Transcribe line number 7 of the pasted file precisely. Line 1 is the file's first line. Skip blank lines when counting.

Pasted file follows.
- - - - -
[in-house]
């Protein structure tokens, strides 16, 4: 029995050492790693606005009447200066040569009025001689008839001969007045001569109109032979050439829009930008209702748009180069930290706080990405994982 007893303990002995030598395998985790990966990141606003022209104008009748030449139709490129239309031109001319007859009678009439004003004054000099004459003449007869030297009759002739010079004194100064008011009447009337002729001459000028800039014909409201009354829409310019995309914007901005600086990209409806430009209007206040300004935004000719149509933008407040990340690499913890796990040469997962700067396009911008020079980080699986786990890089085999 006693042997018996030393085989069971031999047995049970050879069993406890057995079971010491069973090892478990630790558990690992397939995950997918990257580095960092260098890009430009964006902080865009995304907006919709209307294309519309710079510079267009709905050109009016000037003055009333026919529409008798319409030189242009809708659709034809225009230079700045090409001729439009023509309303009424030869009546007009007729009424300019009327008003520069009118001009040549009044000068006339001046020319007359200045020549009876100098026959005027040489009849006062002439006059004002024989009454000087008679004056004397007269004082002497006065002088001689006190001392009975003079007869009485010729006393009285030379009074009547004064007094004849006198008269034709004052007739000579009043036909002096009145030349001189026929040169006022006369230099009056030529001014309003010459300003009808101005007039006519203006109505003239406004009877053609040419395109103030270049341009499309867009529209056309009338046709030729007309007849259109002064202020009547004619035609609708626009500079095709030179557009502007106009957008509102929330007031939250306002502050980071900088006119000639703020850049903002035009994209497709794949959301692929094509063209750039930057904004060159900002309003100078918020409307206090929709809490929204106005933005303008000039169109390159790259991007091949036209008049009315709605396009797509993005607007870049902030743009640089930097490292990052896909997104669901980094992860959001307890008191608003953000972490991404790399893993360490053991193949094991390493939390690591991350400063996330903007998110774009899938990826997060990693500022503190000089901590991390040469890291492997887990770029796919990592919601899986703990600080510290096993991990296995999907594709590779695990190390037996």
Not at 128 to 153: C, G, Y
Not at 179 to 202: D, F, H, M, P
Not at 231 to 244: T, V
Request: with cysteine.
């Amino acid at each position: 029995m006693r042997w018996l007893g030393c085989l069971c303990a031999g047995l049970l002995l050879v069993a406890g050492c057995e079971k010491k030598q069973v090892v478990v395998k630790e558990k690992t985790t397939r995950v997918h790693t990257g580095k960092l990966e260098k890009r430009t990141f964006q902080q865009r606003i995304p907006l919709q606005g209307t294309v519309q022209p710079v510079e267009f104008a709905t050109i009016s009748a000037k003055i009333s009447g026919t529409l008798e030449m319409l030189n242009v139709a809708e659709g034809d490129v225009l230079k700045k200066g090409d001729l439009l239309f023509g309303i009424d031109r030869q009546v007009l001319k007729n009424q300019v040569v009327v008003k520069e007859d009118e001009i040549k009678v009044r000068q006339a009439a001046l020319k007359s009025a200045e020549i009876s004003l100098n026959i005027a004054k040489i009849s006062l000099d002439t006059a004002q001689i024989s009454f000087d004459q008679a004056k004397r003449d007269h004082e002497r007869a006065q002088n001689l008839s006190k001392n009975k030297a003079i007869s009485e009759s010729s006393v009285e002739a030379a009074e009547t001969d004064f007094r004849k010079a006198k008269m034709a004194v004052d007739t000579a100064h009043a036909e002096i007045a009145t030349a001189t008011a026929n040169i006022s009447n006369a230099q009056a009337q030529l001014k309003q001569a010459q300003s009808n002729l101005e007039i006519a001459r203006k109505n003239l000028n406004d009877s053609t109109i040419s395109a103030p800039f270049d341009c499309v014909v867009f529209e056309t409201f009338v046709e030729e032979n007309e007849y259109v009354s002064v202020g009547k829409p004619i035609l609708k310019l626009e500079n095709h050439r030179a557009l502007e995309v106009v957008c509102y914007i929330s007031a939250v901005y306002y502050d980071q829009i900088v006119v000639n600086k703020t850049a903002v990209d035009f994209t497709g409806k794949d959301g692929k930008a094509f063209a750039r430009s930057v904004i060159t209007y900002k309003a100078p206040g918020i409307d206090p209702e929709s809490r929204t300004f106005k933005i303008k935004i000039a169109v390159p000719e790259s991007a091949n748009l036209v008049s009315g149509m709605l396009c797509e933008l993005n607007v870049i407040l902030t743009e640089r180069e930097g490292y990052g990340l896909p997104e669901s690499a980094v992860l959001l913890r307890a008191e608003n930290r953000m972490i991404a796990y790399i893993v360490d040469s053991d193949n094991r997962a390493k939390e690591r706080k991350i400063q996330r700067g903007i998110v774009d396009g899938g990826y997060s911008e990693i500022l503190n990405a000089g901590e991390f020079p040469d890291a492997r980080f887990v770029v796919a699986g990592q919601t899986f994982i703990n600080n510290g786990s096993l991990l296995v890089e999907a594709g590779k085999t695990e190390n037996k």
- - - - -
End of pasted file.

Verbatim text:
């Amino acid at each position: 029995m006693r042997w018996l007893g030393c085989l069971c303990a031999g047995l049970l002995l050879v069993a406890g050492c057995e079971k010491k030598q069973v090892v478990v395998k630790e558990k690992t985790t397939r995950v997918h790693t990257g580095k960092l990966e260098k890009r430009t990141f964006q902080q865009r606003i995304p907006l919709q606005g209307t294309v519309q022209p710079v510079e267009f104008a709905t050109i009016s009748a000037k003055i009333s009447g026919t529409l008798e030449m319409l030189n242009v139709a809708e659709g034809d490129v225009l230079k700045k200066g090409d001729l439009l239309f023509g309303i009424d031109r030869q009546v007009l001319k007729n009424q300019v040569v009327v008003k520069e007859d009118e001009i040549k009678v009044r000068q006339a009439a001046l020319k007359s009025a200045e020549i009876s004003l100098n026959i005027a004054k040489i009849s006062l000099d002439t006059a004002q001689i024989s009454f000087d004459q008679a004056k004397r003449d007269h004082e002497r007869a006065q002088n001689l008839s006190k001392n009975k030297a003079i007869s009485e009759s010729s006393v009285e002739a030379a009074e009547t001969d004064f007094r004849k010079a006198k008269m034709a004194v004052d007739t000579a100064h009043a036909e002096i007045a009145t030349a001189t008011a026929n040169i006022s009447n006369a230099q009056a009337q030529l001014k309003q001569a010459q300003s009808n002729l101005e007039i006519a001459r203006k109505n003239l000028n406004d009877s053609t109109i040419s395109a103030p800039f270049d341009c499309v014909v867009f529209e056309t409201f009338v046709e030729e032979n007309e007849y259109v009354s002064v202020g009547k829409p004619i035609l609708k310019l626009e500079n095709h050439r030179a557009l502007e995309v106009v957008c509102y914007i929330s007031a939250v901005y306002y502050d980071q829009i900088v006119v000639n600086k703020t850049a903002v990209d035009f994209t497709g409806k794949d959301g692929k930008a094509f063209a750039r430009s930057v904004i060159t209007y900002k309003a100078p206040g918020i409307d206090p209702e929709s809490r929204t300004f106005k933005i303008k935004i000039a169109v390159p000719e790259s991007a091949n748009l036209v008049s009315g149509m709605l396009c797509e933008l993005n607007v870049i407040l902030t743009e640089r180069e930097g490292y990052g990340l896909p997104e669901s690499a980094v992860l959001l913890r307890a008191e608003n930290r953000m972490i991404a796990y790399i893993v360490d040469s053991d193949n094991r997962a390493k939390e690591r706080k991350i400063q996330r700067g903007i998110v774009d396009g899938g990826y997060s911008e990693i500022l503190n990405a000089g901590e991390f020079p040469d890291a492997r980080f887990v770029v796919a699986g990592q919601t899986f994982i703990n600080n510290g786990s096993l991990l296995v890089e999907a594709g590779k085999t695990e190390n037996k």